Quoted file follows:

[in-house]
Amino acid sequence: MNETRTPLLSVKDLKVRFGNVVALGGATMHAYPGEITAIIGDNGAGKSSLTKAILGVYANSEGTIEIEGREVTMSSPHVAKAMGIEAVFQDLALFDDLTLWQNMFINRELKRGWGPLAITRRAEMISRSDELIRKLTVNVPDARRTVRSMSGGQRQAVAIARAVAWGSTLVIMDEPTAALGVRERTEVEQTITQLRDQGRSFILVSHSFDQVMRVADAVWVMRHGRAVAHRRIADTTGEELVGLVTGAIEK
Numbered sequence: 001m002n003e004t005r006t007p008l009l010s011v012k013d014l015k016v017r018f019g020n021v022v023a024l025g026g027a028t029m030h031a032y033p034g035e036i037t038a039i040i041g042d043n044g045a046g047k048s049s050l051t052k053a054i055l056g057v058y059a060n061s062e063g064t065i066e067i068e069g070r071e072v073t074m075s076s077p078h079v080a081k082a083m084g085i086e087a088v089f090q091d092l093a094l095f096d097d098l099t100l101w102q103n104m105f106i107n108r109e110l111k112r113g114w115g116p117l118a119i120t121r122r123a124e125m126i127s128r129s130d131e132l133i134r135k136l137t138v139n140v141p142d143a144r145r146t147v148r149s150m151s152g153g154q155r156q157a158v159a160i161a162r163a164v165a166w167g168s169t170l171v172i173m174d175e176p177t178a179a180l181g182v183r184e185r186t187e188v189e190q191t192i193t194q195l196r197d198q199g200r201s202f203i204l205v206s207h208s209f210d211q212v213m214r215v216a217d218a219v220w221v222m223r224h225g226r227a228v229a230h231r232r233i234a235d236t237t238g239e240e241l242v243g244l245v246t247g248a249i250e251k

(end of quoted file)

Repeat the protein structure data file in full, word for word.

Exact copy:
[in-house]
Amino acid sequence: MNETRTPLLSVKDLKVRFGNVVALGGATMHAYPGEITAIIGDNGAGKSSLTKAILGVYANSEGTIEIEGREVTMSSPHVAKAMGIEAVFQDLALFDDLTLWQNMFINRELKRGWGPLAITRRAEMISRSDELIRKLTVNVPDARRTVRSMSGGQRQAVAIARAVAWGSTLVIMDEPTAALGVRERTEVEQTITQLRDQGRSFILVSHSFDQVMRVADAVWVMRHGRAVAHRRIADTTGEELVGLVTGAIEK
Numbered sequence: 001m002n003e004t005r006t007p008l009l010s011v012k013d014l015k016v017r018f019g020n021v022v023a024l025g026g027a028t029m030h031a032y033p034g035e036i037t038a039i040i041g042d043n044g045a046g047k048s049s050l051t052k053a054i055l056g057v058y059a060n061s062e063g064t065i066e067i068e069g070r071e072v073t074m075s076s077p078h079v080a081k082a083m084g085i086e087a088v089f090q091d092l093a094l095f096d097d098l099t100l101w102q103n104m105f106i107n108r109e110l111k112r113g114w115g116p117l118a119i120t121r122r123a124e125m126i127s128r129s130d131e132l133i134r135k136l137t138v139n140v141p142d143a144r145r146t147v148r149s150m151s152g153g154q155r156q157a158v159a160i161a162r163a164v165a166w167g168s169t170l171v172i173m174d175e176p177t178a179a180l181g182v183r184e185r186t187e188v189e190q191t192i193t194q195l196r197d198q199g200r201s202f203i204l205v206s207h208s209f210d211q212v213m214r215v216a217d218a219v220w221v222m223r224h225g226r227a228v229a230h231r232r233i234a235d236t237t238g239e240e241l242v243g244l245v246t247g248a249i250e251k